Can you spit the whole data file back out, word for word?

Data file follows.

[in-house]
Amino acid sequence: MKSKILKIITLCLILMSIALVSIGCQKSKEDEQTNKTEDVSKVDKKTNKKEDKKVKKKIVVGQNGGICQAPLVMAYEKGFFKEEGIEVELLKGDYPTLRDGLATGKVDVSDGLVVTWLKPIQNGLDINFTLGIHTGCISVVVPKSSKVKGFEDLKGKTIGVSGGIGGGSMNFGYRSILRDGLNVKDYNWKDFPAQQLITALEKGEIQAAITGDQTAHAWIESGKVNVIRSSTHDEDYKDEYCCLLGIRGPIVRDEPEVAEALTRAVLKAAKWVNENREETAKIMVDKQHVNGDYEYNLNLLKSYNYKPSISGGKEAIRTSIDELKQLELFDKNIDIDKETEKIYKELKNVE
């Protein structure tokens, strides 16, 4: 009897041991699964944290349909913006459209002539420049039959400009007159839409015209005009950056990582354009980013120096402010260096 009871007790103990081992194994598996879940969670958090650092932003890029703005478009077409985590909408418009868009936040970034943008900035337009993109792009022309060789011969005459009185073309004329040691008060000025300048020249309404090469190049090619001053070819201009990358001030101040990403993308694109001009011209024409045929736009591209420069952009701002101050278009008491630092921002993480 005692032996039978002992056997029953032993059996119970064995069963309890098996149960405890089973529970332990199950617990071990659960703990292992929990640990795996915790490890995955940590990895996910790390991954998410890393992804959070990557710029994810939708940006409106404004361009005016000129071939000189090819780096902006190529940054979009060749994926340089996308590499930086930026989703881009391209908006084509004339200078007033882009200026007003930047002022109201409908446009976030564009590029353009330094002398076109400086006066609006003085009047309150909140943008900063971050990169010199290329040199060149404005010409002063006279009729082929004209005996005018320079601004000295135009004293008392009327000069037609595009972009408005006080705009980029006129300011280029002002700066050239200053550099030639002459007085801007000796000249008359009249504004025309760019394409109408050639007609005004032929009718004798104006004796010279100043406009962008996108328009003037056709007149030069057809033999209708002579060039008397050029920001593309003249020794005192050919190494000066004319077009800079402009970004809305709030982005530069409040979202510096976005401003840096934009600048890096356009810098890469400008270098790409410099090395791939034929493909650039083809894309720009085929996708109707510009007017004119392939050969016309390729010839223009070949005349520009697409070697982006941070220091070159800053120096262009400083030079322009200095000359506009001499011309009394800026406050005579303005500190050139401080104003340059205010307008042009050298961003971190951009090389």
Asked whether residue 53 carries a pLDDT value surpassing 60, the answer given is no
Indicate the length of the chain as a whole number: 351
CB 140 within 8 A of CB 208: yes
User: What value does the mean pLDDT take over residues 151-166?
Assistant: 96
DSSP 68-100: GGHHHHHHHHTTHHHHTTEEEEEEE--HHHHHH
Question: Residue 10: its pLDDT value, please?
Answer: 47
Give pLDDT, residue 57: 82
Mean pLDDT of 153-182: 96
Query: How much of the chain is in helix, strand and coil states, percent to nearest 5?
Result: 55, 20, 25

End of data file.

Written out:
[in-house]
Amino acid sequence: MKSKILKIITLCLILMSIALVSIGCQKSKEDEQTNKTEDVSKVDKKTNKKEDKKVKKKIVVGQNGGICQAPLVMAYEKGFFKEEGIEVELLKGDYPTLRDGLATGKVDVSDGLVVTWLKPIQNGLDINFTLGIHTGCISVVVPKSSKVKGFEDLKGKTIGVSGGIGGGSMNFGYRSILRDGLNVKDYNWKDFPAQQLITALEKGEIQAAITGDQTAHAWIESGKVNVIRSSTHDEDYKDEYCCLLGIRGPIVRDEPEVAEALTRAVLKAAKWVNENREETAKIMVDKQHVNGDYEYNLNLLKSYNYKPSISGGKEAIRTSIDELKQLELFDKNIDIDKETEKIYKELKNVE
């Protein structure tokens, strides 16, 4: 009897041991699964944290349909913006459209002539420049039959400009007159839409015209005009950056990582354009980013120096402010260096 009871007790103990081992194994598996879940969670958090650092932003890029703005478009077409985590909408418009868009936040970034943008900035337009993109792009022309060789011969005459009185073309004329040691008060000025300048020249309404090469190049090619001053070819201009990358001030101040990403993308694109001009011209024409045929736009591209420069952009701002101050278009008491630092921002993480 005692032996039978002992056997029953032993059996119970064995069963309890098996149960405890089973529970332990199950617990071990659960703990292992929990640990795996915790490890995955940590990895996910790390991954998410890393992804959070990557710029994810939708940006409106404004361009005016000129071939000189090819780096902006190529940054979009060749994926340089996308590499930086930026989703881009391209908006084509004339200078007033882009200026007003930047002022109201409908446009976030564009590029353009330094002398076109400086006066609006003085009047309150909140943008900063971050990169010199290329040199060149404005010409002063006279009729082929004209005996005018320079601004000295135009004293008392009327000069037609595009972009408005006080705009980029006129300011280029002002700066050239200053550099030639002459007085801007000796000249008359009249504004025309760019394409109408050639007609005004032929009718004798104006004796010279100043406009962008996108328009003037056709007149030069057809033999209708002579060039008397050029920001593309003249020794005192050919190494000066004319077009800079402009970004809305709030982005530069409040979202510096976005401003840096934009600048890096356009810098890469400008270098790409410099090395791939034929493909650039083809894309720009085929996708109707510009007017004119392939050969016309390729010839223009070949005349520009697409070697982006941070220091070159800053120096262009400083030079322009200095000359506009001499011309009394800026406050005579303005500190050139401080104003340059205010307008042009050298961003971190951009090389």
Asked whether residue 53 carries a pLDDT value surpassing 60, the answer given is no
Indicate the length of the chain as a whole number: 351
CB 140 within 8 A of CB 208: yes
User: What value does the mean pLDDT take over residues 151-166?
Assistant: 96
DSSP 68-100: GGHHHHHHHHTTHHHHTTEEEEEEE--HHHHHH
Question: Residue 10: its pLDDT value, please?
Answer: 47
Give pLDDT, residue 57: 82
Mean pLDDT of 153-182: 96
Query: How much of the chain is in helix, strand and coil states, percent to nearest 5?
Result: 55, 20, 25